FDA labels Boston Scientific ICD electrode recall serious

The EMBLEM S-ICD subcutaneous electrode with an arrow showing where separation usually happens (distal to the proximal sense ring) (Image courtesy of the FDA)

The FDA today declared the recall of a Boston Scientific subcutaneous electrode used in implantable cardioverter defibrillators (ICDs) as Class 1, the most serious.

The company warned physicians in December 2020 that approximately 47,000 Emblem S-ICD1 subcutaneous electrodes (model 3501) may fracture. Boston Scientific said at the time that it had received 27 reports of electrode body fractures at a location just distal to the proximal sense ring in devices distributed worldwide since 2017. One patient died, the company said.

Separately, the FDA reported there had been 26 reports of serious injuries and said its recall covers 19,919 units of the devices distributed in the U.S.

Such fractures may lead to “inappropriate shock therapy (IAS) in select programmed sense configurations,” the company said in December. If high-voltage conductors fracture, an electrode will be unable to deliver defibrillation therapy to slow rapid heartbeats from cardiac arrest and a high-impedance alert will go off.  The likelihood of potential for life-threatening harm is 1 in 25,000 (0.004%) at 10 years, according to the company’s advisory.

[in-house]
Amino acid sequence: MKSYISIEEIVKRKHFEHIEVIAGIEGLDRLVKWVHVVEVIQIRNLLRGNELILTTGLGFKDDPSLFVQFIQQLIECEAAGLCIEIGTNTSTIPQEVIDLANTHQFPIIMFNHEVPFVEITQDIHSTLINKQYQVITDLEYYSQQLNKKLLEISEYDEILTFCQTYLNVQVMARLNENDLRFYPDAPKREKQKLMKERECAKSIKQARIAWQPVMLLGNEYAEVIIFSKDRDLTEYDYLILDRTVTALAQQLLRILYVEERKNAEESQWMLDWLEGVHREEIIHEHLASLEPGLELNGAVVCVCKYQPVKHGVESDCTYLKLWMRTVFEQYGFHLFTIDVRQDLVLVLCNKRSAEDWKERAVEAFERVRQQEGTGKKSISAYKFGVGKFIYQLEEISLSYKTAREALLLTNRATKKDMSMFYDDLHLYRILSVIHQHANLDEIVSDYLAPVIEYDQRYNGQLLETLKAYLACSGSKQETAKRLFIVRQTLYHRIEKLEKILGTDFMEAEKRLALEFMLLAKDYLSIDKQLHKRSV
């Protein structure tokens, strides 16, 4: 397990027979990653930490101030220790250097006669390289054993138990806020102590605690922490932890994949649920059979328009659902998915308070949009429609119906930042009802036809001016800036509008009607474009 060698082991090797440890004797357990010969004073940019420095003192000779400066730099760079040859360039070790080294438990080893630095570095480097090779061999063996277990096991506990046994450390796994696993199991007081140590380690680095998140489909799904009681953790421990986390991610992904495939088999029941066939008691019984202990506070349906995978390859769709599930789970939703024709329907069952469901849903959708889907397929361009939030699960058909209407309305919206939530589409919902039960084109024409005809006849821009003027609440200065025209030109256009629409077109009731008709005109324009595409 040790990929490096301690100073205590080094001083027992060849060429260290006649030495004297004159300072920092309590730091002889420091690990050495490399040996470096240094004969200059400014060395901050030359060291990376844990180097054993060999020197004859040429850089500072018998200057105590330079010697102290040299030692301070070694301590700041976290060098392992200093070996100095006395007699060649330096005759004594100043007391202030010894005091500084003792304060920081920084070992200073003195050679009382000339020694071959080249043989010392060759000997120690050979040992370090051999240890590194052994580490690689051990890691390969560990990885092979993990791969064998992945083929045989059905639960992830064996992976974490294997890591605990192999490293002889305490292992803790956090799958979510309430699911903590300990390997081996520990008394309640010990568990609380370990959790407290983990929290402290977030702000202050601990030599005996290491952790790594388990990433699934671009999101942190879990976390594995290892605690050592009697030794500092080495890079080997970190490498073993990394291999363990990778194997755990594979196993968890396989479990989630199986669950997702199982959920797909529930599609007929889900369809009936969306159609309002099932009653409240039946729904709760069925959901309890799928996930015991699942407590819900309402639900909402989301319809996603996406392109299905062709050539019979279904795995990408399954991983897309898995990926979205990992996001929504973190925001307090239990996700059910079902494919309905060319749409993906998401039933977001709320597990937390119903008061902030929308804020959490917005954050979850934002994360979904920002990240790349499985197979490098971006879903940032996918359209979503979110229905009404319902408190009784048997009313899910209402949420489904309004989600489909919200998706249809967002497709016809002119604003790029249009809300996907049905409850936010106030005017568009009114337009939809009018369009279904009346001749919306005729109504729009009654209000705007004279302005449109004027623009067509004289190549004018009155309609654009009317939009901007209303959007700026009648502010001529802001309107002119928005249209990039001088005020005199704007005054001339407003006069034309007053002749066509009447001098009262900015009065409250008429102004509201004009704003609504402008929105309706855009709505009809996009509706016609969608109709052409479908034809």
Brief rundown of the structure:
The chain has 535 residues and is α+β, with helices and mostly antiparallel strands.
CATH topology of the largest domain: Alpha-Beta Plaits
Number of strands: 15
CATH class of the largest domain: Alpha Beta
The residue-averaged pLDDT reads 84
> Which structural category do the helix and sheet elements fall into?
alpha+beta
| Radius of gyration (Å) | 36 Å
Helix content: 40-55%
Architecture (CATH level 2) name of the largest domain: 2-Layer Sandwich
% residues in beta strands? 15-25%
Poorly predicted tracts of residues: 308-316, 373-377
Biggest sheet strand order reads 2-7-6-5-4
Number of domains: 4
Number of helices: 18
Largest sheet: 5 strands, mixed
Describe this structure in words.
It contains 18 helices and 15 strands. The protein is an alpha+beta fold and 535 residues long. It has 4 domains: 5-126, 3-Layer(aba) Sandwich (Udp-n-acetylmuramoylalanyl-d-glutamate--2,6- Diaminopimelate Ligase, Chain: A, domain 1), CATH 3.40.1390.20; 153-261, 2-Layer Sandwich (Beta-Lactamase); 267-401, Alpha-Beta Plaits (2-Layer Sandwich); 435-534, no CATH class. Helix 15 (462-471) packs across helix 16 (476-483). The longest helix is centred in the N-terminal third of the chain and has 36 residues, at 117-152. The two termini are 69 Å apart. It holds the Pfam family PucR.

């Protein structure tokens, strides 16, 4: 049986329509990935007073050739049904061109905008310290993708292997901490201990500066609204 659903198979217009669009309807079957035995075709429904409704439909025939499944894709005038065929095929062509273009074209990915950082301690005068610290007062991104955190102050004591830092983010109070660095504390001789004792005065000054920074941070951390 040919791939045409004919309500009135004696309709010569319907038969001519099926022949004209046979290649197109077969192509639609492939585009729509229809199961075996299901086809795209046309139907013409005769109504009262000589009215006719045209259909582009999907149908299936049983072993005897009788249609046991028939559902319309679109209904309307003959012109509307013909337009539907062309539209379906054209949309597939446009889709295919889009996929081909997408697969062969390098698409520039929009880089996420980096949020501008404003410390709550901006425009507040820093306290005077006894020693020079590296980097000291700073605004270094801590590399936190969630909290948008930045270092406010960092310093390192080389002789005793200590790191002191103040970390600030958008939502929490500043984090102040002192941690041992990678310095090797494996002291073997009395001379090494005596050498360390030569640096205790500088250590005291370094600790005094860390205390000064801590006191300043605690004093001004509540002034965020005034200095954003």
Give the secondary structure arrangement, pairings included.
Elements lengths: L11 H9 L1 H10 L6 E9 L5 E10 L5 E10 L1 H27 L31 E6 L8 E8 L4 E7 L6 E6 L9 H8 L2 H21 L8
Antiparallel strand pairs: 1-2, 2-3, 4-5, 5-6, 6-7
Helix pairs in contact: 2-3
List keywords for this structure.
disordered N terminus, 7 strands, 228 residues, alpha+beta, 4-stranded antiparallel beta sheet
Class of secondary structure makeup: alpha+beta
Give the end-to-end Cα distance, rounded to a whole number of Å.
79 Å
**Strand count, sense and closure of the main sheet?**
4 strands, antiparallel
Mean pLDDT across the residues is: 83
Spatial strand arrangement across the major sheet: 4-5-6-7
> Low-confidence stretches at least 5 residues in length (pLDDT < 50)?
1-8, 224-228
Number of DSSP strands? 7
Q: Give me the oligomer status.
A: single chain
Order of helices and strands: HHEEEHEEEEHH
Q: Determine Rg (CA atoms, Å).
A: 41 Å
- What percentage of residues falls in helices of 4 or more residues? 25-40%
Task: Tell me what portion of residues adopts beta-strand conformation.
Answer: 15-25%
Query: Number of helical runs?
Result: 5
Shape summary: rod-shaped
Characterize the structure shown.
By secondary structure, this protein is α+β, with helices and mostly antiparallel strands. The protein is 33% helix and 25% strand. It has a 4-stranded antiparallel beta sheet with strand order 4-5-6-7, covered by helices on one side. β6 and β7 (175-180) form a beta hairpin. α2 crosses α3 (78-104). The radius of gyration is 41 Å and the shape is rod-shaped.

“We continue to actively investigate and monitor events associated with this advisory,” Boston Scientific spokesperson Katie Schur told MassDevice in an email today. “There have been no additional reports of patient death. We will continue to report to FDA and other applicable government agencies in accordance with regulations.”

This article has been updated with comments from Boston Scientific.

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